Extracts from Carbonia (We Were All Communists)

Selections from Carbonia (We Were All Communists), Balestrini's novel of class struggle in a mining town

[…]

we were all Communists all that great mass of miners we also immediately convinced the new arrivals that we should all get more for the work that we did that we needed to fight against the bourgeois owners and all you needed to do was look at the elections in Carbonia the mayor always won with 97 or 98 percent of Communist votes there were some secondary schools and training colleges with teachers who came from outside and those were the votes that were missing they only tried to open a local MSI party office once but it immediately disappeared with a little dynamite it immediately disappeared

[…]

in Red Square between the market and the Centrale Hotel there was a great clash we had organized ourselves into teams with all sorts of weapons with bombs rifles knives and gelatin et cetera and so they had to retreat because they saw that the whole town was involved in the battle everyone fought with the miners shoulder to shoulder and so they realized that it would be impossible for them to win against the whole town unless they destroyed it like the Germans did but it wasn’t worth their while they realized that there was nothing they could do with the miners and so they had to retreat because they realized that there was nothing they could do

they wanted to break this great mass of politicized miners but they couldn’t just sack this mass whenever they felt like it now that it had been able to impose its will and the guards couldn’t use the stick anymore if they did they wouldn’t be able to tell how it would end because there are cave-ins that just happen in the mine and then there are those that you can make happen and then nobody says anything and so they had to be very careful now that they could no longer dictate things saying do this otherwise I’ll sack you because there was this mass that had now succeeded in imposing how work should be done and in putting an end to the orders all those orders and with working more and more it had succeeded in putting an end to all that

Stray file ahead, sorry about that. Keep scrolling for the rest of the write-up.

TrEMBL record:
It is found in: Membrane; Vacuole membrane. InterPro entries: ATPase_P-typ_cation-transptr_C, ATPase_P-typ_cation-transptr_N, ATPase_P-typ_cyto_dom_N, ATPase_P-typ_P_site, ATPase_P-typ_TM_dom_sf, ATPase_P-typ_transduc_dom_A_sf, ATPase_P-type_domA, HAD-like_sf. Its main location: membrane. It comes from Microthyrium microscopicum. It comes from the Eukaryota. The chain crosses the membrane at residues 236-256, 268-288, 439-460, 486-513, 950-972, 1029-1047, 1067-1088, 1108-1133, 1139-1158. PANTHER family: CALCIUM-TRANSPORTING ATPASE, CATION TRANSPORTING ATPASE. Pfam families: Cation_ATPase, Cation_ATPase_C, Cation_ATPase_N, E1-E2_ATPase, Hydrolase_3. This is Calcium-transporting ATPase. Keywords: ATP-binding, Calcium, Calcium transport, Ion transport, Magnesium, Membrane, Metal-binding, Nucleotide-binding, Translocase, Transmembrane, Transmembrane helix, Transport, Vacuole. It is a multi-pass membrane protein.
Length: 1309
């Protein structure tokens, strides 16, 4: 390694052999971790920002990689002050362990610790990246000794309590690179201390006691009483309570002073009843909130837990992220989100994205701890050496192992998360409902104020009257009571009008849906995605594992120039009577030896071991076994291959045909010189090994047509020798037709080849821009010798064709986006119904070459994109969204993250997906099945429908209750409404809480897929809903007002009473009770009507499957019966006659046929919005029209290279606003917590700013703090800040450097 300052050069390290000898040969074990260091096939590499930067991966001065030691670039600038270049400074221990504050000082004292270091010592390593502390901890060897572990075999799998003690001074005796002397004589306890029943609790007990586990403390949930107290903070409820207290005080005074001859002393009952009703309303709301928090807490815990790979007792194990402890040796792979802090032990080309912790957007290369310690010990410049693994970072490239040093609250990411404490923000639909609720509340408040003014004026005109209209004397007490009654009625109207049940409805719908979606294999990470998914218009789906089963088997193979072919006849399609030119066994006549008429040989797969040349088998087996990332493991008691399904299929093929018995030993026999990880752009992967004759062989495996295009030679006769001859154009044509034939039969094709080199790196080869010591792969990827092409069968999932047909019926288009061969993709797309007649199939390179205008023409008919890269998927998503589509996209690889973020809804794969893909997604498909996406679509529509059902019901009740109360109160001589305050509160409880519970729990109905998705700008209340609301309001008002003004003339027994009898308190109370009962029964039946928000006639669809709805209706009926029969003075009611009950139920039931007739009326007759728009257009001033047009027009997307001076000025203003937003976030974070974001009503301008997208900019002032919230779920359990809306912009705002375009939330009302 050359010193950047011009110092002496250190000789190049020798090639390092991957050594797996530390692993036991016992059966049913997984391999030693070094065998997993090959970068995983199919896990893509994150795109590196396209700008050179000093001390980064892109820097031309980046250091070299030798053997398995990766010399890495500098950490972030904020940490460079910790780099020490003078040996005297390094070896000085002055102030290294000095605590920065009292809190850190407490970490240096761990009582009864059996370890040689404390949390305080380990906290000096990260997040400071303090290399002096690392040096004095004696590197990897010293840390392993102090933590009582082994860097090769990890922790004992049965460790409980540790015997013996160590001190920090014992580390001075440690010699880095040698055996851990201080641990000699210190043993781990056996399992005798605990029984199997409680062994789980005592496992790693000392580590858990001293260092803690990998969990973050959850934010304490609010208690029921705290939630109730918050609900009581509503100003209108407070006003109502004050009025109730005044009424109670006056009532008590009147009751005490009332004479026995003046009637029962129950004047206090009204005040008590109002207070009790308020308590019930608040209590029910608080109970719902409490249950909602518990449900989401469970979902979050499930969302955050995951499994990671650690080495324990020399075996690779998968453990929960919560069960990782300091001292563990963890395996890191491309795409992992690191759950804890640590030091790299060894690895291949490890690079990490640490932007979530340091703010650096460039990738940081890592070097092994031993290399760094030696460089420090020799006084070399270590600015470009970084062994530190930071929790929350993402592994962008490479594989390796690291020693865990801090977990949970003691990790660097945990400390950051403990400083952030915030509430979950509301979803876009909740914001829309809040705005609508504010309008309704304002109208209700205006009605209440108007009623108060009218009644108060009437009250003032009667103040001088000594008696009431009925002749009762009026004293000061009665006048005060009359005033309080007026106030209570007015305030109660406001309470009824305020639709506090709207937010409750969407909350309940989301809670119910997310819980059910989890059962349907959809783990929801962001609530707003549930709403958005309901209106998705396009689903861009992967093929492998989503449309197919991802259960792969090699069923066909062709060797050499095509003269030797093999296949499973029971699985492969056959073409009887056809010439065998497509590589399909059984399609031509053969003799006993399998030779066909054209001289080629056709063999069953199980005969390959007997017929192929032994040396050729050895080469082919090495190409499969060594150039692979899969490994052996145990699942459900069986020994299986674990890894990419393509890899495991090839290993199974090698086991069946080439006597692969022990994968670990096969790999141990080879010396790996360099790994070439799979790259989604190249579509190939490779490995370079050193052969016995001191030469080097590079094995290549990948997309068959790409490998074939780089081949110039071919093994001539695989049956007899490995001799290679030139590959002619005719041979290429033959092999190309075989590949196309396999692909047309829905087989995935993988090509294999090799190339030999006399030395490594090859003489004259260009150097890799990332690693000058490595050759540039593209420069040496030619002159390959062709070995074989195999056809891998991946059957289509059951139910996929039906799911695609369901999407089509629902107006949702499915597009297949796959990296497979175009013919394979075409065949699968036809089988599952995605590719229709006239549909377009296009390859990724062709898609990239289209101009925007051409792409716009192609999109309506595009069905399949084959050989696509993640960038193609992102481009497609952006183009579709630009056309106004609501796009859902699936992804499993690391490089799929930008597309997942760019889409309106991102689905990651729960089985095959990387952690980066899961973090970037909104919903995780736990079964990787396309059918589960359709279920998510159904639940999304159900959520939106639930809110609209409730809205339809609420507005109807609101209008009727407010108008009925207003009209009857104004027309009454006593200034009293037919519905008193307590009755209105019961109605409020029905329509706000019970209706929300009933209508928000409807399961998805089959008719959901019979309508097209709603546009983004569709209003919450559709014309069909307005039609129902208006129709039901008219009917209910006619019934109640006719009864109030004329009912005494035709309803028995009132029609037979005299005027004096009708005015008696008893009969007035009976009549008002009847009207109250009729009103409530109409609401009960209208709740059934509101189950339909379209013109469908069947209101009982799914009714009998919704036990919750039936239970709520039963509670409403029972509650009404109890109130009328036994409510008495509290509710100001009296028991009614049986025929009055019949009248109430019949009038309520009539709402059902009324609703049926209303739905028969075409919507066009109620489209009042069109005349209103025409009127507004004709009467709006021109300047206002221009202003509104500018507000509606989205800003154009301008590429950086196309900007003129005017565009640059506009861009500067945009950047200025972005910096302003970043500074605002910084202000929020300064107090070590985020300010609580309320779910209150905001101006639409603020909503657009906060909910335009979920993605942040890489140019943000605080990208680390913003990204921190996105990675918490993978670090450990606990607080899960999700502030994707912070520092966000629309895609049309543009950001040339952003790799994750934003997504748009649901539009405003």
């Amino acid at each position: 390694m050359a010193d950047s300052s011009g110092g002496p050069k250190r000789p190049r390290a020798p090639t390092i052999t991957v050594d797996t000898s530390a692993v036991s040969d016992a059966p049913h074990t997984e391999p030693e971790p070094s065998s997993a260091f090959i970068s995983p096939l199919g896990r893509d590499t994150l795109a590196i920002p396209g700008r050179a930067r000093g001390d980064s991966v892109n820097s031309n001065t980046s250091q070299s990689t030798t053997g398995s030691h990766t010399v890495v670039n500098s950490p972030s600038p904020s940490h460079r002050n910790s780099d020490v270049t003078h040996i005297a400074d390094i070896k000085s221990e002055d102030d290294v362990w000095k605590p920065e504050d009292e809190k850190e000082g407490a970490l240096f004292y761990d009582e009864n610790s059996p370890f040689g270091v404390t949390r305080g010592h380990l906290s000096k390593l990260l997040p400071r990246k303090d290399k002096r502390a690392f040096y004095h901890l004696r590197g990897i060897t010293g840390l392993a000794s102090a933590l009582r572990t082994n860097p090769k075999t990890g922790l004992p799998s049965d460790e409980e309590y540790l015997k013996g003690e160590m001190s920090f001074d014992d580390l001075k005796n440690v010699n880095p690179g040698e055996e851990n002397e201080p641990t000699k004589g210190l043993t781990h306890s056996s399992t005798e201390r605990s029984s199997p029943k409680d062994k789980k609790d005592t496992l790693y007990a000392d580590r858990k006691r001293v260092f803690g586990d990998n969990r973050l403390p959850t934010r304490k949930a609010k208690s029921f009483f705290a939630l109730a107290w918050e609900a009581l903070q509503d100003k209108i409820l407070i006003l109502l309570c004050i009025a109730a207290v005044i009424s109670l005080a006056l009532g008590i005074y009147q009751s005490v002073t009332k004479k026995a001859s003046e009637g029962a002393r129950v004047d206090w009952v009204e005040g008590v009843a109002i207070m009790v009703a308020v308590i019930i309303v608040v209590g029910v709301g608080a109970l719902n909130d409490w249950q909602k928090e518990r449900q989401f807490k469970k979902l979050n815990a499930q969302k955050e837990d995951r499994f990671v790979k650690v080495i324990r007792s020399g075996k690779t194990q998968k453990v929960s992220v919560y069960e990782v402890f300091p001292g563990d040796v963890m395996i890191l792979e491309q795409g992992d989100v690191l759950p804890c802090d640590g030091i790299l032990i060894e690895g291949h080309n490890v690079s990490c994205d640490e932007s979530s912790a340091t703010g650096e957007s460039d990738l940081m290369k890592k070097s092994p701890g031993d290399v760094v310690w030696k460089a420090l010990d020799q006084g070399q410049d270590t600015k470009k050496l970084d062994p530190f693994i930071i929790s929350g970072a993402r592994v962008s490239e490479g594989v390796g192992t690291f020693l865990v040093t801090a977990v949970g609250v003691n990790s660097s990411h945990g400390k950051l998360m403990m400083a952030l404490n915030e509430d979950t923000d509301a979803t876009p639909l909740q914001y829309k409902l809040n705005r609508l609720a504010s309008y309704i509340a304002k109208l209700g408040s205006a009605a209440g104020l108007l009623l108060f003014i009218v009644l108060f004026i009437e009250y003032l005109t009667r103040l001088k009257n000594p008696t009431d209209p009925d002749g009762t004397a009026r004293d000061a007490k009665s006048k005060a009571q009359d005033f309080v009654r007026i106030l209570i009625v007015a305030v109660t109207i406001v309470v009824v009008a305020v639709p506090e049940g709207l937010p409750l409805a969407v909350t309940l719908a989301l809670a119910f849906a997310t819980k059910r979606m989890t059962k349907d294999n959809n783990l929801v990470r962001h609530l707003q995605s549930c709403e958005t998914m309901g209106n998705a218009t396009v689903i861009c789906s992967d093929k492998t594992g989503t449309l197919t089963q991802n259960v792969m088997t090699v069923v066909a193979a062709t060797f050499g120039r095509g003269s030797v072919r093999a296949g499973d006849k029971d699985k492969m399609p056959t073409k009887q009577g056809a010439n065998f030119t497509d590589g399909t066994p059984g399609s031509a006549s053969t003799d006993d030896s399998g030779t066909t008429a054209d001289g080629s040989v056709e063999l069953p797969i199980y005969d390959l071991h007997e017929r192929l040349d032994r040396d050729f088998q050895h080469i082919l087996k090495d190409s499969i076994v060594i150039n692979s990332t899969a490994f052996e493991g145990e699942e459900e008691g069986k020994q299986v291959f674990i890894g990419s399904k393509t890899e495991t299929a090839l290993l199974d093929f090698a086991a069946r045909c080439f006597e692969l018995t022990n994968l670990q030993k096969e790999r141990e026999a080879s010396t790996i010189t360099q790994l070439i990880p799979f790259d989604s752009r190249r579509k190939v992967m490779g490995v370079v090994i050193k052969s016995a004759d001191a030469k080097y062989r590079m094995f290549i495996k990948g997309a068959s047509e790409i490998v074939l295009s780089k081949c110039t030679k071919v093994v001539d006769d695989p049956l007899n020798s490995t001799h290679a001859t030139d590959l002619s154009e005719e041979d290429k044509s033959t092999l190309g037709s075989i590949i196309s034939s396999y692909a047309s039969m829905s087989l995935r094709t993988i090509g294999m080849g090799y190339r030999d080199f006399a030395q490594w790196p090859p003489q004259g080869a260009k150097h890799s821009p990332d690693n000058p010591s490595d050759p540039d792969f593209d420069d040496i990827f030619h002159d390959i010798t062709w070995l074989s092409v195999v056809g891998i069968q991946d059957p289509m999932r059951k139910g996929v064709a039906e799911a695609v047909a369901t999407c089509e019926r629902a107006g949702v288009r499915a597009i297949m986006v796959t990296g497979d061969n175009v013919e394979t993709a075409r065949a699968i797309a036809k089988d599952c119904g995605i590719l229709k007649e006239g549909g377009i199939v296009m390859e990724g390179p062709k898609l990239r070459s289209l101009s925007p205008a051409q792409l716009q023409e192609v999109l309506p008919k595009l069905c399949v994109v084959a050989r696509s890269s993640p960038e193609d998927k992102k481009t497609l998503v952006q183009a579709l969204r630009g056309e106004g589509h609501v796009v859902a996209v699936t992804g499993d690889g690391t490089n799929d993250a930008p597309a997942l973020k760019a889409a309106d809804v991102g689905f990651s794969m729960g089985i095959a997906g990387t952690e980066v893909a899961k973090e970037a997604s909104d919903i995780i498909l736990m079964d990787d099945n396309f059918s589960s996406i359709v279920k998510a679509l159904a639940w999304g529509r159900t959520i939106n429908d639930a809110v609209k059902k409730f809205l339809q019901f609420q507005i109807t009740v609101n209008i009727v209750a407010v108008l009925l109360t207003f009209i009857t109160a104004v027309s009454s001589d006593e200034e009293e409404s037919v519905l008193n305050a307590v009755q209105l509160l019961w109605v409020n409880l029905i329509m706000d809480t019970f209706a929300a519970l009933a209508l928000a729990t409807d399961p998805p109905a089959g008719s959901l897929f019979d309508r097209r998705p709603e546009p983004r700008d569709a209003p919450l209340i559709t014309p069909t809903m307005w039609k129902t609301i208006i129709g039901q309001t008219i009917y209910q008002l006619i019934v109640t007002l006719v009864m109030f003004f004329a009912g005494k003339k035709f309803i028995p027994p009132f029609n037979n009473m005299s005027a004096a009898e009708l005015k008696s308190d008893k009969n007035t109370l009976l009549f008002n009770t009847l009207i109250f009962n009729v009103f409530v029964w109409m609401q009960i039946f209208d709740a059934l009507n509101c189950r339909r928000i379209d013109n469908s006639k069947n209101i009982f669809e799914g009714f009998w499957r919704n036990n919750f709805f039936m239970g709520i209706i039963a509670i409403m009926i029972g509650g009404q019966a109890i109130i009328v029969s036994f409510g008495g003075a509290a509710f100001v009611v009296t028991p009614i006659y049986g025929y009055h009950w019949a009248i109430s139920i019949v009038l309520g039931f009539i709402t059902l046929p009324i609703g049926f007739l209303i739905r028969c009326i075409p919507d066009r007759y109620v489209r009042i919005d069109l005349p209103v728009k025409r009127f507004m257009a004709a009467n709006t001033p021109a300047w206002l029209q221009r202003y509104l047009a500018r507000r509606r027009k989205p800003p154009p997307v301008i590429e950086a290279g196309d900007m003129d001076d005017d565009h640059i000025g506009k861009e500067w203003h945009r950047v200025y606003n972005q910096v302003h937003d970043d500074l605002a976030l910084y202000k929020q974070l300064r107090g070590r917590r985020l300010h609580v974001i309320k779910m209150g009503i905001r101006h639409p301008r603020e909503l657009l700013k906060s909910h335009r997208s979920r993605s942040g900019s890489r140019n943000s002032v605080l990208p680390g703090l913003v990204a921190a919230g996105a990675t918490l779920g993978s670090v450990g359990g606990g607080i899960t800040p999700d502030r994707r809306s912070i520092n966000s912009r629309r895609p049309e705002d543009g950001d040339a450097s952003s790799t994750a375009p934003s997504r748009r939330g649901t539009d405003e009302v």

[…]

in fact what did the workers do when they needed money they went to this Martineddu who gave them a loan for example he gave them 50 thousands lira cash 100 thousand lira or whatever they wanted but this money because of an agreement with the management was then deducted from their wages but these loans never ended because on top of the money they had borrowed they had to pay extortionate interest that the miners had no chance of understanding the whys and hows of and after a while the interest rates went through the roof and if you didn’t pay it was all over and so one night the building where Buoni Fidus and Martineddu had their offices was blown up thanks to four sticks of gelatin one for each corner with all the papers and receipts and the scams that were inside everything was blown up

I learned a lot from the struggle in Carbonia for example I learned we could only count on our own strength in fact who had helped us with our struggle in Carbonia nobody absolutely nobody the people who solved the struggle were the miners the women their children all the people in Carbonia and how did they solve it they solved it against the police against the carabinieri against the police vans against the armored cars using every type of struggle and every type of weapon they could from knives to gelatin there were some arrests there were some people who ended up in prison or in the hospital some died but we always got what we wanted because we took what we wanted

[…]